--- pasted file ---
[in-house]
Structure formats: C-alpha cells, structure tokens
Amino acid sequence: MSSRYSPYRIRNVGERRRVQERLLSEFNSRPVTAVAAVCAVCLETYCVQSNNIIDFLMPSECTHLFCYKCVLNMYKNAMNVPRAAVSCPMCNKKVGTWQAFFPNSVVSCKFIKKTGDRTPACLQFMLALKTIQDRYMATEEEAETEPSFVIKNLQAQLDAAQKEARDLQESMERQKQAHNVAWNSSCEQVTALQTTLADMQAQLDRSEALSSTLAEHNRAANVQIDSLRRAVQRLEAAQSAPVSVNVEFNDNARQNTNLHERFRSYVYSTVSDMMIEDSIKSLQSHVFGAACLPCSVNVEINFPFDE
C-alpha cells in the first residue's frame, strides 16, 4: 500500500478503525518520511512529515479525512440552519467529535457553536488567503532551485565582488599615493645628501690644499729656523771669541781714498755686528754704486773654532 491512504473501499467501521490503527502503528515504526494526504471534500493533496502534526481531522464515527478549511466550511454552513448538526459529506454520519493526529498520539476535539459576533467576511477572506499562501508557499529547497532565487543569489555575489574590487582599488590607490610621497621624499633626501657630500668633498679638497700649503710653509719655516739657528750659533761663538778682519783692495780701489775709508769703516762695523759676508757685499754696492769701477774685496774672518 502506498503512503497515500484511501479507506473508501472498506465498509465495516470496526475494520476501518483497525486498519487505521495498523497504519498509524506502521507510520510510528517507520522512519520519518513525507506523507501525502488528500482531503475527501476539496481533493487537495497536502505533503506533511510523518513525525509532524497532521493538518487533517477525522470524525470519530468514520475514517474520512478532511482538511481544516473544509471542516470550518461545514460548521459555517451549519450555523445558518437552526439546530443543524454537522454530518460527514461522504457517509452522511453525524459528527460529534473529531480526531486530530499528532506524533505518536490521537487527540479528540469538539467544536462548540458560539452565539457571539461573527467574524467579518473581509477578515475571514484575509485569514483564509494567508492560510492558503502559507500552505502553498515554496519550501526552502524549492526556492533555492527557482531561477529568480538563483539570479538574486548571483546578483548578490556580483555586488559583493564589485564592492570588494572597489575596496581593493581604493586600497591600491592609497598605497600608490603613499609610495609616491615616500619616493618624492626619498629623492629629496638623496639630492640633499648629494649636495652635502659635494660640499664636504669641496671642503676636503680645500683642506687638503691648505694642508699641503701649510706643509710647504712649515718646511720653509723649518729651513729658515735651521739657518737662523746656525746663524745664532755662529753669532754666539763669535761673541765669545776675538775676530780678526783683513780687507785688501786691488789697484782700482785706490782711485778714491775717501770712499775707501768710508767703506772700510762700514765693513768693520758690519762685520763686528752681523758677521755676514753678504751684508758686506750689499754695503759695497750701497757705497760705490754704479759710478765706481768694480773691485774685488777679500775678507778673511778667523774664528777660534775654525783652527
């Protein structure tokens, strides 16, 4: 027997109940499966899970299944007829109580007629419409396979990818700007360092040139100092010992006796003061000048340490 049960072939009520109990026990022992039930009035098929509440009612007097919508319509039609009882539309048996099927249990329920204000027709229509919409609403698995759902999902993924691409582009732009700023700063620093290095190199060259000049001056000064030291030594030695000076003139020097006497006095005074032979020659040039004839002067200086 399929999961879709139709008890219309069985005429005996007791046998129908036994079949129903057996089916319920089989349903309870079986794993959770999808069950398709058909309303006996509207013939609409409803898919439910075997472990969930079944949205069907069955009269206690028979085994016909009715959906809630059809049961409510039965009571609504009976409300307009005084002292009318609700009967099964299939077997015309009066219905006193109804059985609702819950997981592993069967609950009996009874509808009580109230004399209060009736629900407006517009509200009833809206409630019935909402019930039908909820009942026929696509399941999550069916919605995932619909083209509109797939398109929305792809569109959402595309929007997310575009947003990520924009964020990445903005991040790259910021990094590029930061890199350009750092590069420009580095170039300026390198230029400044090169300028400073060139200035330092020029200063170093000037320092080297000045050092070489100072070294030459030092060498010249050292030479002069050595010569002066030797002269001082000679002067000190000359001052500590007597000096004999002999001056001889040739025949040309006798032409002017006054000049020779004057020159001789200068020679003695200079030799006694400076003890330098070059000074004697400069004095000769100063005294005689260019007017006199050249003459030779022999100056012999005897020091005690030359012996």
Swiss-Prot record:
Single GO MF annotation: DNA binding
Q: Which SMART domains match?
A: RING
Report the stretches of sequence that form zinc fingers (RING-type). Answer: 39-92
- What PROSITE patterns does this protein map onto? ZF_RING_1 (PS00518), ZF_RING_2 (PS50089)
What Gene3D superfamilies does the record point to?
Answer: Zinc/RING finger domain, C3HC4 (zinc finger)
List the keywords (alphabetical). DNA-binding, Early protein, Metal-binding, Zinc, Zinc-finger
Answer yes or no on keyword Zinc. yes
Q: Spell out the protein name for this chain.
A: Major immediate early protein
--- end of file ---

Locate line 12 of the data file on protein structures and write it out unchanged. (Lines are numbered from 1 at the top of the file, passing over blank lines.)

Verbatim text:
What Gene3D superfamilies does the record point to?